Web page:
Engineering Near-Field Transport of Energy using Nanostructured Materials
Technical Report,01 Oct 2012,30 Sep 2015
University of Michigan - Ann Arbor Ann Arbor United States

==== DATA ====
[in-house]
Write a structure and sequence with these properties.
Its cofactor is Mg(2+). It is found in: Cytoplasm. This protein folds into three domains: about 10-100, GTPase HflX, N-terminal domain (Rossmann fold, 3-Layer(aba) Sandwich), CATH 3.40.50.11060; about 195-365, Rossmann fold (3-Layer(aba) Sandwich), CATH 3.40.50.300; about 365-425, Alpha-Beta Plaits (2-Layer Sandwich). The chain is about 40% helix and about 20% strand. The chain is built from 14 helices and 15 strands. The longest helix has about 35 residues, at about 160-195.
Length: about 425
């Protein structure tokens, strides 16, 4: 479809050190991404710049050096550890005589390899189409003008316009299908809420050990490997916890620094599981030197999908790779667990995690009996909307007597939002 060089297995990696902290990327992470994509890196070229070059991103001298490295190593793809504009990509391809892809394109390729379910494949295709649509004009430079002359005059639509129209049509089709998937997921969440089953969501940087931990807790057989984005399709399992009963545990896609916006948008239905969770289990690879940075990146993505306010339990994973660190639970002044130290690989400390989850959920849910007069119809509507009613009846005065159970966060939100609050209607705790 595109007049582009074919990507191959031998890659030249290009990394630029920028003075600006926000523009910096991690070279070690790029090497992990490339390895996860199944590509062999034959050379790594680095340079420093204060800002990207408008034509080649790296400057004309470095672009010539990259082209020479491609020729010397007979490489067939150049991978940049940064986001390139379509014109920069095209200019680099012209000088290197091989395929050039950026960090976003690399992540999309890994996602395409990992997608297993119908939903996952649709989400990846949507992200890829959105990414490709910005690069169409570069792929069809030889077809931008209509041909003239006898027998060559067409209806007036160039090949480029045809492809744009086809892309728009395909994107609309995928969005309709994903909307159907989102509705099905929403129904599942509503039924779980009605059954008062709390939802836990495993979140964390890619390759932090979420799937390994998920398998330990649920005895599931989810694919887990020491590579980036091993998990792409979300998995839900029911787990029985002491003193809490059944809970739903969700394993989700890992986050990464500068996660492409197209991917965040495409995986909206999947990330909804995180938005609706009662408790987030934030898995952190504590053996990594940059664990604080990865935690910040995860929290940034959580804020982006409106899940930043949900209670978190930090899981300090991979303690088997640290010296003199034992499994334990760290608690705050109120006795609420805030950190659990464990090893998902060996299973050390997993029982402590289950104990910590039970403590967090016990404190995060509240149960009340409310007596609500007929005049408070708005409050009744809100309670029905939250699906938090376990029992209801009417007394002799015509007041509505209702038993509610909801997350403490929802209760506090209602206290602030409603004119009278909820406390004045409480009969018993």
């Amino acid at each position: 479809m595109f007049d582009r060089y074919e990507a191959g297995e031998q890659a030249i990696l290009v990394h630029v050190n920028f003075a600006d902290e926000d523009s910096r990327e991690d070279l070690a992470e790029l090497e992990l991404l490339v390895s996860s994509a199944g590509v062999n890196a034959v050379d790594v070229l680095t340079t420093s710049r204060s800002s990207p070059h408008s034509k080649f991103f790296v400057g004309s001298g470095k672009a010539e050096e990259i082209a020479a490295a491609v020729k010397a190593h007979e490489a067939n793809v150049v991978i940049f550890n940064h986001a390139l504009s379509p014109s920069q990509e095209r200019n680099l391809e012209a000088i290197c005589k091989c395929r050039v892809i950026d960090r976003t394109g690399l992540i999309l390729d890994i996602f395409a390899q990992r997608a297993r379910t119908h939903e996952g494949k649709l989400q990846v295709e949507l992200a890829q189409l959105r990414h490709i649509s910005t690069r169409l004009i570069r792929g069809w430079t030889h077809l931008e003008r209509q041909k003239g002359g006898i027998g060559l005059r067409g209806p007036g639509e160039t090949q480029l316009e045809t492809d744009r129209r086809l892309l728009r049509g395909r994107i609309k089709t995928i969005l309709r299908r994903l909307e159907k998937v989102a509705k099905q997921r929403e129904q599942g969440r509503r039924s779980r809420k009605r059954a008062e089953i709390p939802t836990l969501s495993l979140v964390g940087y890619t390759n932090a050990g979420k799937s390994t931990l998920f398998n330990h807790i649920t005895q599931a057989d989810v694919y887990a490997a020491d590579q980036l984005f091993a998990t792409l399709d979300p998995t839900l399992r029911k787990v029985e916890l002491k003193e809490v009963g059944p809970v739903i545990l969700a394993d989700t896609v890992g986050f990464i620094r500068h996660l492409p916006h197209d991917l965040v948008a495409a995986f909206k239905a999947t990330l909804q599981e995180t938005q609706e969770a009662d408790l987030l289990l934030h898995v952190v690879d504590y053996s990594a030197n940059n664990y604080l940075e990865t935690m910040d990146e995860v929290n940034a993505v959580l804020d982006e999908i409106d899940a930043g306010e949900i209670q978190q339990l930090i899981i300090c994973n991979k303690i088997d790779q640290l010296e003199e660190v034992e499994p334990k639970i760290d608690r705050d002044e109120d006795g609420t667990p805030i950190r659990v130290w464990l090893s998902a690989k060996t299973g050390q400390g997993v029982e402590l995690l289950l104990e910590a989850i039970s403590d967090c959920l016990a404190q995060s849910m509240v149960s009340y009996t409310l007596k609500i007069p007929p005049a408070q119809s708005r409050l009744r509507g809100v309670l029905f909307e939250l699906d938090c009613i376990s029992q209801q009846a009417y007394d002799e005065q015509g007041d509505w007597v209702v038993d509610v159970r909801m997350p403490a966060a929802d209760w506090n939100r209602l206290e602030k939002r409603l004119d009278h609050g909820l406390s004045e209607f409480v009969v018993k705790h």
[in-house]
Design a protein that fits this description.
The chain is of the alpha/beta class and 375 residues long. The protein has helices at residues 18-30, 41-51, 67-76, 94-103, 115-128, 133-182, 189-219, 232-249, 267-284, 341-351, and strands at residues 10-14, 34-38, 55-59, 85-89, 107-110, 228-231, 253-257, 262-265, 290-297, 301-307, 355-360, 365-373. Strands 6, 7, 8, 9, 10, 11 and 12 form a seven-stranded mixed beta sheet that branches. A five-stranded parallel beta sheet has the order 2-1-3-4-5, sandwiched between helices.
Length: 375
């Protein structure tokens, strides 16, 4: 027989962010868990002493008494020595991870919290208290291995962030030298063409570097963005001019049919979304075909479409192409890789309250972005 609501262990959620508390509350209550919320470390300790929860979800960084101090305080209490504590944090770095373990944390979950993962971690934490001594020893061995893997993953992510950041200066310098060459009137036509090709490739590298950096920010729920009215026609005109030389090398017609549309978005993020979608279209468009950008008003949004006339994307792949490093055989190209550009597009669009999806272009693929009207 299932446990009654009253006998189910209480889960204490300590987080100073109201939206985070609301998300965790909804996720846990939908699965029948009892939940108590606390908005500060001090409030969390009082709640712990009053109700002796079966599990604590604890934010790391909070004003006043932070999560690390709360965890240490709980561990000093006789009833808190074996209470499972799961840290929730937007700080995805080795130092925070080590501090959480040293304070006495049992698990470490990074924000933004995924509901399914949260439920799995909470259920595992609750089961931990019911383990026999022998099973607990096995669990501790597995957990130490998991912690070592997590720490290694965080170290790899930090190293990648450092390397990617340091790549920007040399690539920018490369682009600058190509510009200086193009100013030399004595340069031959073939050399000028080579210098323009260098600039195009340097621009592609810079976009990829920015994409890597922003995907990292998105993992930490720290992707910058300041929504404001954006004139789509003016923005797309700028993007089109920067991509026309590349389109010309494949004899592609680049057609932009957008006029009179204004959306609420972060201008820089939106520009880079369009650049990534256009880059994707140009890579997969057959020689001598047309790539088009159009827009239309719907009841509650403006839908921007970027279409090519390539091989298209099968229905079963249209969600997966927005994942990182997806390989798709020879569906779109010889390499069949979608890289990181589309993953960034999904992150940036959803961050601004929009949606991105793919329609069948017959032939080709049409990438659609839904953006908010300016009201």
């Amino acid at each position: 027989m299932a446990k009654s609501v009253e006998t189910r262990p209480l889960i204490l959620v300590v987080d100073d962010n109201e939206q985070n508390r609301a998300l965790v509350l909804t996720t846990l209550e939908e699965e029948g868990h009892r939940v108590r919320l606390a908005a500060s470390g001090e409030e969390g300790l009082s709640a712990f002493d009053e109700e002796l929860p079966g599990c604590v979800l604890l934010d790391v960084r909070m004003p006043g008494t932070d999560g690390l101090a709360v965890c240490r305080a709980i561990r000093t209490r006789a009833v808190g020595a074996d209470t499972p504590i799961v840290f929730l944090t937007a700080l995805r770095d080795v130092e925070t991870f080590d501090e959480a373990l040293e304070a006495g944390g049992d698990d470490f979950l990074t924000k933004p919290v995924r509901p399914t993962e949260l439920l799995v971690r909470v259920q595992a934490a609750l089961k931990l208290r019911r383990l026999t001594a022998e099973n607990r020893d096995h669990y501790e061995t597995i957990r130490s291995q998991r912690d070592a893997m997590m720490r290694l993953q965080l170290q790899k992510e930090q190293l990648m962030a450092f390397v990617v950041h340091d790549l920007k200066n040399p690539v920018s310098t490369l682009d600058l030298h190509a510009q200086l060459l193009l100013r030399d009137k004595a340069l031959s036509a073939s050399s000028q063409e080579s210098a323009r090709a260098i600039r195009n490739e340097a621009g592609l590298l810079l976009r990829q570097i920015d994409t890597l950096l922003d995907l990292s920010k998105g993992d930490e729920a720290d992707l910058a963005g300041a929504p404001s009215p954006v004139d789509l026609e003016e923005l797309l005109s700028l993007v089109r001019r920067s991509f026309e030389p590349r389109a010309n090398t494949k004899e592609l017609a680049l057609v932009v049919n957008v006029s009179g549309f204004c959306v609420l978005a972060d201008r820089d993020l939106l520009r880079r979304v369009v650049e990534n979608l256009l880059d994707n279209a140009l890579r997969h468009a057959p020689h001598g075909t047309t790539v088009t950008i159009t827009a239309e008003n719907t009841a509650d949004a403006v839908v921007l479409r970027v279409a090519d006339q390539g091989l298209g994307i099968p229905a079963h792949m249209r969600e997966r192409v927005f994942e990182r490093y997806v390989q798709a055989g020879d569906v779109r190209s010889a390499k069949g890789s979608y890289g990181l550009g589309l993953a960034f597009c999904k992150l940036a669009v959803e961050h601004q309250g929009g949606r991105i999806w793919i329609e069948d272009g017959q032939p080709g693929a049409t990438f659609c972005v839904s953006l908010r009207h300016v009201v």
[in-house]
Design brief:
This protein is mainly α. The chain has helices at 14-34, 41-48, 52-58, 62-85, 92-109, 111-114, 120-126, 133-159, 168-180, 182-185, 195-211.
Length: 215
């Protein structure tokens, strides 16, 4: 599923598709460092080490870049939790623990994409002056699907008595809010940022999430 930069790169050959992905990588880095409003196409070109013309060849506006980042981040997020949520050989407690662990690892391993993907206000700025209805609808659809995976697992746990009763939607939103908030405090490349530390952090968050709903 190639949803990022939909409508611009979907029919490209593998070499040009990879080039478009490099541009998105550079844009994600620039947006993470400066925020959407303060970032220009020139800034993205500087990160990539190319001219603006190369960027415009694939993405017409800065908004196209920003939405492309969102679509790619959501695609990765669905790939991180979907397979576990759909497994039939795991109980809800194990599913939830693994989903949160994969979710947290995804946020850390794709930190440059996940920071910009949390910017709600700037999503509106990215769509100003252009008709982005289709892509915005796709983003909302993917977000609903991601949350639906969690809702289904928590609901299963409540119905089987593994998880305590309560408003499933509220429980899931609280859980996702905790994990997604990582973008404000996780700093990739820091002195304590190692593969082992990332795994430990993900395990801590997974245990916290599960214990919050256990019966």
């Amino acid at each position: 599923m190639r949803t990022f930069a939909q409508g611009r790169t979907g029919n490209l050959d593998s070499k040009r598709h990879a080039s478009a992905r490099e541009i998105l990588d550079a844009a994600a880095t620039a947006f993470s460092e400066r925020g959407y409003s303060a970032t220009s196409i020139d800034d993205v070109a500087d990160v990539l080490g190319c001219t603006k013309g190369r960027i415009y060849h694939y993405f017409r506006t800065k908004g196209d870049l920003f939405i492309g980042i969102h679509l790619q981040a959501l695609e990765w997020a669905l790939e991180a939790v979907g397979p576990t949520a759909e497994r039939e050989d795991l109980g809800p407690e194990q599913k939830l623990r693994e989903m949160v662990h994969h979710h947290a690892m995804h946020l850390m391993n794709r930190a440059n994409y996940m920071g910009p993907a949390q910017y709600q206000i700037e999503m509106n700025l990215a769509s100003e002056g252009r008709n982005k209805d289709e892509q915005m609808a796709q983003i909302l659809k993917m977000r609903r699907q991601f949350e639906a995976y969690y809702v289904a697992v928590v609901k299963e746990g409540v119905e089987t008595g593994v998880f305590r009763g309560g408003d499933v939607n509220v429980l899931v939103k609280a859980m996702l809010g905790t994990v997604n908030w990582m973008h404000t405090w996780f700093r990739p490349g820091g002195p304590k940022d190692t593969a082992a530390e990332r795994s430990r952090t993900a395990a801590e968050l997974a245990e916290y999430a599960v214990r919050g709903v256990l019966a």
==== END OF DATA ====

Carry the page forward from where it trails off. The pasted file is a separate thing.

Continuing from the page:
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The transport of heat at the nanometer scale is becoming increasingly important for a wide range of nanotechnology applications. Recent computational studies on near-field radiative heat transfer NFRHT suggest that radiative energy transport between suitably chosentailored parallel surfaces increases dramaticallyby about three orders of magnitudeabove that predicted by the Stefan-Boltzmann law, when the gap between the surfaces is reduced to the nanometer range. In addition, the thermal surface emissions for tailored materials are predicted to be monochromatic, suggesting that these phenomena may enable ground-breaking advances in the thermal management of micro devices and nanoscale-gap thermophotovoltaic TPV energy conversion devices. However, direct experimental verification of the predicted NFRHT between parallel surfaces, with nanoscale precision, has not been achieved although it is critical for additional progress. In this project we have developed a variety of tools for probing NFRHT in nanoscale gaps between nanostructured materials. This includes both scanning probes with embedded thermocouples for near-field radiation studies and micro-devices for measuring thermal transport in nanoscale gaps in both sphere-plane and plane-plane configurations.